ZIMBABWE’s fastest growing financial services outfit, Bard Santner Markets Inc, yesterday said it planned to expand to Victoria Falls, taking advantage of fresh opportunities that have emerged since the resort city became an offshore financial centre.
This move by the government was further bolstered by the opening of the Victoria Falls Stock Exchange (VFEX) in 2020, which has given companies an opportunity to raise capital in foreign currency.
Bard Santner deals in banking and finance advisory.
But it says its Victoria Falls operation will deal in offshore corporate services in order to tap into the growth potential of the city.
The firm was among organisers of last month’s capital markets indaba in London, which sought to mobilise capital for Zimbabwe.
In a statement released yesterday, Tatenda Hungwe, who oversees the firm’s wealth management unit, said it was crucial to position for Victoria Falls’ growth.
“Corporate services are the backbone of any financial centre,” Hungwe said.
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“They provide the support structures that facilitate the functioning of the centre and enable the jurisdiction to flourish. Coming from the capital markets conference held in London last month, a key lesson from international financiers is the need to engage and explore to unlock capital and new opportunities.
“In other words, we must tell our own story; focusing on the opportunities which the country and ourselves can offer despite all the challenges we face, while building trust and confidence in our markets. The Victoria Falls Offshore Financial Centre, for instance, is a unique value proposition, and we see it evolving into a competitive and attractive cross-border investment platform. We have positioned ourselves to participate in the initiative. That is why we have established the Bard Santner Offshore Corporate Services as a strategic financial services partner in the Victoria Falls Offshore Financial Centre,” Hungwe added.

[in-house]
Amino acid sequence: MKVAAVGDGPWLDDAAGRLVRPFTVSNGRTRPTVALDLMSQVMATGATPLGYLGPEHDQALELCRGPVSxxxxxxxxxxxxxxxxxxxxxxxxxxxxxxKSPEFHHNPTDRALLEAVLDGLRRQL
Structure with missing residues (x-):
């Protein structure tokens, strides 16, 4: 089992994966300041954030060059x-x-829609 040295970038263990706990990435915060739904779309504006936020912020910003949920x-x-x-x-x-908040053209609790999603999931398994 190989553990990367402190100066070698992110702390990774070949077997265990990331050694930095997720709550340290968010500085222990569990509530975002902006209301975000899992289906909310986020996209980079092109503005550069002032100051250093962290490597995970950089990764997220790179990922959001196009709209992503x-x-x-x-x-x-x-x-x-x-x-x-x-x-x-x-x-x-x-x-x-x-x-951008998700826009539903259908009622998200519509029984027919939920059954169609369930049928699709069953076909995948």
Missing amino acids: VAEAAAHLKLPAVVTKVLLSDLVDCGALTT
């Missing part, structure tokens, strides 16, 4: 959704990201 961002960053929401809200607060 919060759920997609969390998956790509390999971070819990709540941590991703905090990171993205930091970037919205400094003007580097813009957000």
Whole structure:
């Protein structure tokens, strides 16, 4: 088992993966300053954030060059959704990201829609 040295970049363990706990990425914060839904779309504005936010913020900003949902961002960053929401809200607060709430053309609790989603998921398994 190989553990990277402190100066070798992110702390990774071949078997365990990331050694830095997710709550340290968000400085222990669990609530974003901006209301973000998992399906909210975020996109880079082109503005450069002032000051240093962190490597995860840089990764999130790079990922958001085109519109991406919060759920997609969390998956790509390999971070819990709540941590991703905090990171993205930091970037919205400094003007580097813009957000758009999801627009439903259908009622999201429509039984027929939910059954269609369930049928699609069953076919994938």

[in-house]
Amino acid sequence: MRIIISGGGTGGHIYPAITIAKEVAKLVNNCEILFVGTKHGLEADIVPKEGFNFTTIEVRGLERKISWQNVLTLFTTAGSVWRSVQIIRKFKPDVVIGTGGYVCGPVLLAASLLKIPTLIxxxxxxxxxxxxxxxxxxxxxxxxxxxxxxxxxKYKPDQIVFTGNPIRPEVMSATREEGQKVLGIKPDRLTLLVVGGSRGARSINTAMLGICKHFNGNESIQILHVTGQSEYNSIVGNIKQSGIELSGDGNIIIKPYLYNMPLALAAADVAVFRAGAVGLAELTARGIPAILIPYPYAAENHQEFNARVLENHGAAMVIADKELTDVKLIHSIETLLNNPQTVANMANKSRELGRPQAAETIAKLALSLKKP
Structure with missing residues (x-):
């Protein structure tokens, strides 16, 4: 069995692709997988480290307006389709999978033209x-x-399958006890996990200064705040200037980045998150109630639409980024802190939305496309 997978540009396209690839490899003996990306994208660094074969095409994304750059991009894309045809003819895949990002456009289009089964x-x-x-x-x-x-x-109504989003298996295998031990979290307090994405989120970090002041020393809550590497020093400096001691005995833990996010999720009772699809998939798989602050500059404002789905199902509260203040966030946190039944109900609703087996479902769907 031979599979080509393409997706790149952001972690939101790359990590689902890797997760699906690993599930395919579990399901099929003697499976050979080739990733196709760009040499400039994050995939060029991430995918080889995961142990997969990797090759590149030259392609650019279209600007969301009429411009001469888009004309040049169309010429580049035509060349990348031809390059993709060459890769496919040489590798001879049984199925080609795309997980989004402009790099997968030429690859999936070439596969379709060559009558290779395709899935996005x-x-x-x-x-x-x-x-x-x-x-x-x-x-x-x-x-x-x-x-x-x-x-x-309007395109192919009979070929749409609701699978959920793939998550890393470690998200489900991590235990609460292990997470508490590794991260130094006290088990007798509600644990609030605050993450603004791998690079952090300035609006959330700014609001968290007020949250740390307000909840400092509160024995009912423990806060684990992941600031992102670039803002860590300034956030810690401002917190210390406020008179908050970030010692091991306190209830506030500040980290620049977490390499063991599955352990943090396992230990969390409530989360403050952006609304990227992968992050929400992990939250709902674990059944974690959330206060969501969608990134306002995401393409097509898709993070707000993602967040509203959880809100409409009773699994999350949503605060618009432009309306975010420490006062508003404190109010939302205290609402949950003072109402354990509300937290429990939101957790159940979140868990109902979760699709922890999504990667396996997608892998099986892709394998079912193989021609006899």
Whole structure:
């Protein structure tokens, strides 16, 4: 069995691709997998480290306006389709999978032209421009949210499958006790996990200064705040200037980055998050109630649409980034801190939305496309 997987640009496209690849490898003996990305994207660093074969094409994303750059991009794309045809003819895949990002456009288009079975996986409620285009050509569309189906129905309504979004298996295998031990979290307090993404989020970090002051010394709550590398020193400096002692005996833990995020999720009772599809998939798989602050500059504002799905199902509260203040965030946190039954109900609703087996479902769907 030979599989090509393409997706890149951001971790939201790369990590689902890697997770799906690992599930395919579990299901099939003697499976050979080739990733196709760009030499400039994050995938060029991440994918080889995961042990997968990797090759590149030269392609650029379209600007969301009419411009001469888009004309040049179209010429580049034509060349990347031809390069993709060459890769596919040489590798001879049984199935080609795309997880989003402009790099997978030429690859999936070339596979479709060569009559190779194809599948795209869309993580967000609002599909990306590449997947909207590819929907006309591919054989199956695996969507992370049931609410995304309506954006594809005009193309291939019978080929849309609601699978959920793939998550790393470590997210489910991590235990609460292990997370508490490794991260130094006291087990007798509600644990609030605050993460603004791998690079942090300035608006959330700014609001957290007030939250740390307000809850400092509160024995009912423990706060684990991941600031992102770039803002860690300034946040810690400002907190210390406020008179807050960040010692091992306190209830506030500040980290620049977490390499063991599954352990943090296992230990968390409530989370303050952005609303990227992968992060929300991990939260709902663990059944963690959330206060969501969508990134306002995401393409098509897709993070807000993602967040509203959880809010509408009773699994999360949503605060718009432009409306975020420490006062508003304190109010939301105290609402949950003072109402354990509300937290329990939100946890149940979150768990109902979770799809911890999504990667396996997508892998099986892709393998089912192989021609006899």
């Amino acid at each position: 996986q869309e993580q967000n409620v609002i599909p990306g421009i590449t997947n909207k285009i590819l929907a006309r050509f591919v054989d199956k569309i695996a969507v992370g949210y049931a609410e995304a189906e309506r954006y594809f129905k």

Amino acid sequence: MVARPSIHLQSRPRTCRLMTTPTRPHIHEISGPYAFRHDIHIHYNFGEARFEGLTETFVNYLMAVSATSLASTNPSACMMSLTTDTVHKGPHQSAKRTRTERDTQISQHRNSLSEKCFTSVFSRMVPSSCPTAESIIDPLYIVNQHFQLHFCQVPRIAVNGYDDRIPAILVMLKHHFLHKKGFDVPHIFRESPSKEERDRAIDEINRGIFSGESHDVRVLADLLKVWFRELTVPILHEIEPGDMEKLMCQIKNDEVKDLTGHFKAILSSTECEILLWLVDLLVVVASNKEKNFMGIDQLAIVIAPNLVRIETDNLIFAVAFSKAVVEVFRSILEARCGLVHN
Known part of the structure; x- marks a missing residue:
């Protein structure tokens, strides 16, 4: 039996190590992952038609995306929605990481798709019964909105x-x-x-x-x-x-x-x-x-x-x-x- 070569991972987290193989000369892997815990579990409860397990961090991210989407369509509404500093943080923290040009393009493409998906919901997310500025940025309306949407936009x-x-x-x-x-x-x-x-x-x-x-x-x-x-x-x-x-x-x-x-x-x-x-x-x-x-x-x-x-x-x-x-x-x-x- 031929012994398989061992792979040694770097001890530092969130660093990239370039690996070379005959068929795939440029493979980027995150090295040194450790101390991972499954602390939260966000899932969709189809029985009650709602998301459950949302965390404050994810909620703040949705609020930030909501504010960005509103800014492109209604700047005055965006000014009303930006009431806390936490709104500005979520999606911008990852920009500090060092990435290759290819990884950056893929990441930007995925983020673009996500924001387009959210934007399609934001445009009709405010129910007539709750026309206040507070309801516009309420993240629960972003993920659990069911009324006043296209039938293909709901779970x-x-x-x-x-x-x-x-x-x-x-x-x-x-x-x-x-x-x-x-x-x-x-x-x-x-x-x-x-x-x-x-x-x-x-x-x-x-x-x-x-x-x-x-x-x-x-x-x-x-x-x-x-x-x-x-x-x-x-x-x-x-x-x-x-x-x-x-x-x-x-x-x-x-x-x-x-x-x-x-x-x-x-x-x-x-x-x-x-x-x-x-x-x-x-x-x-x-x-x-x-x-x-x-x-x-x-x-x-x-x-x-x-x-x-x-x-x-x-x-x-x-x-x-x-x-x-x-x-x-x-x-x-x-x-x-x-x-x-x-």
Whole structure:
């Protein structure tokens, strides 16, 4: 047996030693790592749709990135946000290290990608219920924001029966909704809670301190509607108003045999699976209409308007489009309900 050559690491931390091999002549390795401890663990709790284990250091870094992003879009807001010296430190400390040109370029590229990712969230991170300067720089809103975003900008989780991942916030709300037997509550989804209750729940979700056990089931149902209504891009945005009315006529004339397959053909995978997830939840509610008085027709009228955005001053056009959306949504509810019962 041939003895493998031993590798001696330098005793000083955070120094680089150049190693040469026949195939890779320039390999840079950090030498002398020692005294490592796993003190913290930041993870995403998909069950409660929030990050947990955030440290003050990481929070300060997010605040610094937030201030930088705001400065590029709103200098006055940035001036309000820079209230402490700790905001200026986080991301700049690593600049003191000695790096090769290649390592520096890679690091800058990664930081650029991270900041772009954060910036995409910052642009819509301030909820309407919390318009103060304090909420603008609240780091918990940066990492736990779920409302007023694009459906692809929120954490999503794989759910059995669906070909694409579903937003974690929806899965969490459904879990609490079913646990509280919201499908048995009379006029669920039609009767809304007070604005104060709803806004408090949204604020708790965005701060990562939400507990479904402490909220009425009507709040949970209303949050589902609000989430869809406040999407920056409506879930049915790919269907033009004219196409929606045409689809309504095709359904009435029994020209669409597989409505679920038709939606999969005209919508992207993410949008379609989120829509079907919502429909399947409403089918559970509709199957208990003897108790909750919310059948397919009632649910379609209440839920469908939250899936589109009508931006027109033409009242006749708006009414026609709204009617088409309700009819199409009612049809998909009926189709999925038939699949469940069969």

Bard chairperson, Vinod Bussawah, added that the transformation taking place in Victoria Falls would be a major step towards bolstering Zimbabwe’s capacity to attract capital.
“Demand for capital across Africa is constrained by undeveloped local financial markets and sometimes unstable political and economic environments that make global investors uncomfortable lending their money. From my experience in Mauritius, the development of the Victoria Falls Offshore Centre goes a long way to address some of those operational environment challenges to safeguard investment and ensure good returns,” he said.
“The steps to becoming a full-fledged international centre are progressive. It is about having a robust regulatory and legal environment, instilling a culture of compliance, ensuring political stability, investment in infrastructure, ease of doing business and access to expertise. All this is transformative because it attracts long-term capital,” he added.
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